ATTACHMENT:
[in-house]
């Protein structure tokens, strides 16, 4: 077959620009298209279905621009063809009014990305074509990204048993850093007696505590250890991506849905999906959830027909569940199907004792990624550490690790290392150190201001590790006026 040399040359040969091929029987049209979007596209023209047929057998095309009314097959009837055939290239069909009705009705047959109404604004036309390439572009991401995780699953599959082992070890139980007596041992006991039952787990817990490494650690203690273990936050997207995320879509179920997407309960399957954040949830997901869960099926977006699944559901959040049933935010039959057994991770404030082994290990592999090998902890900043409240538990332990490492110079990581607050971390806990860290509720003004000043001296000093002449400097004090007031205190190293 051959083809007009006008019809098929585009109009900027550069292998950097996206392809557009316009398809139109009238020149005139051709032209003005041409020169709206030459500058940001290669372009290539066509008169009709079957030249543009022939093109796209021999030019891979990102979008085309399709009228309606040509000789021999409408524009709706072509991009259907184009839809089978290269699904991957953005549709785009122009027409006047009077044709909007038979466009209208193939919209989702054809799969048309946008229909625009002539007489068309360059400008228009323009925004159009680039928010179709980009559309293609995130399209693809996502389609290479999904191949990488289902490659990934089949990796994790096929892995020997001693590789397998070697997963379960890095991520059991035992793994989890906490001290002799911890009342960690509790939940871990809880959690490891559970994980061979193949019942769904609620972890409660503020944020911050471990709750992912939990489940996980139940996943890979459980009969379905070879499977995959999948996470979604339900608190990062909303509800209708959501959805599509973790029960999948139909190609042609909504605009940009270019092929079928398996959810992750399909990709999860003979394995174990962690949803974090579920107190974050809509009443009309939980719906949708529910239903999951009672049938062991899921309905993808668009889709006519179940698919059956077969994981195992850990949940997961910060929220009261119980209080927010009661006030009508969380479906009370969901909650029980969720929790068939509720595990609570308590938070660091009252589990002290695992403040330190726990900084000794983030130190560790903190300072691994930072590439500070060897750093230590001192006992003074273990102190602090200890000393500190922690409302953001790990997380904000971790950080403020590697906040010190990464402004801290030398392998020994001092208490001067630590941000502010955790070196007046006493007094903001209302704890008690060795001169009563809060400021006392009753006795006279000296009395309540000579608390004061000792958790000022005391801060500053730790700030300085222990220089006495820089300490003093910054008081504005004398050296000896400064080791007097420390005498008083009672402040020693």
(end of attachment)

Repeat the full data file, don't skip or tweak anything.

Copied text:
[in-house]
């Protein structure tokens, strides 16, 4: 077959620009298209279905621009063809009014990305074509990204048993850093007696505590250890991506849905999906959830027909569940199907004792990624550490690790290392150190201001590790006026 040399040359040969091929029987049209979007596209023209047929057998095309009314097959009837055939290239069909009705009705047959109404604004036309390439572009991401995780699953599959082992070890139980007596041992006991039952787990817990490494650690203690273990936050997207995320879509179920997407309960399957954040949830997901869960099926977006699944559901959040049933935010039959057994991770404030082994290990592999090998902890900043409240538990332990490492110079990581607050971390806990860290509720003004000043001296000093002449400097004090007031205190190293 051959083809007009006008019809098929585009109009900027550069292998950097996206392809557009316009398809139109009238020149005139051709032209003005041409020169709206030459500058940001290669372009290539066509008169009709079957030249543009022939093109796209021999030019891979990102979008085309399709009228309606040509000789021999409408524009709706072509991009259907184009839809089978290269699904991957953005549709785009122009027409006047009077044709909007038979466009209208193939919209989702054809799969048309946008229909625009002539007489068309360059400008228009323009925004159009680039928010179709980009559309293609995130399209693809996502389609290479999904191949990488289902490659990934089949990796994790096929892995020997001693590789397998070697997963379960890095991520059991035992793994989890906490001290002799911890009342960690509790939940871990809880959690490891559970994980061979193949019942769904609620972890409660503020944020911050471990709750992912939990489940996980139940996943890979459980009969379905070879499977995959999948996470979604339900608190990062909303509800209708959501959805599509973790029960999948139909190609042609909504605009940009270019092929079928398996959810992750399909990709999860003979394995174990962690949803974090579920107190974050809509009443009309939980719906949708529910239903999951009672049938062991899921309905993808668009889709006519179940698919059956077969994981195992850990949940997961910060929220009261119980209080927010009661006030009508969380479906009370969901909650029980969720929790068939509720595990609570308590938070660091009252589990002290695992403040330190726990900084000794983030130190560790903190300072691994930072590439500070060897750093230590001192006992003074273990102190602090200890000393500190922690409302953001790990997380904000971790950080403020590697906040010190990464402004801290030398392998020994001092208490001067630590941000502010955790070196007046006493007094903001209302704890008690060795001169009563809060400021006392009753006795006279000296009395309540000579608390004061000792958790000022005391801060500053730790700030300085222990220089006495820089300490003093910054008081504005004398050296000896400064080791007097420390005498008083009672402040020693």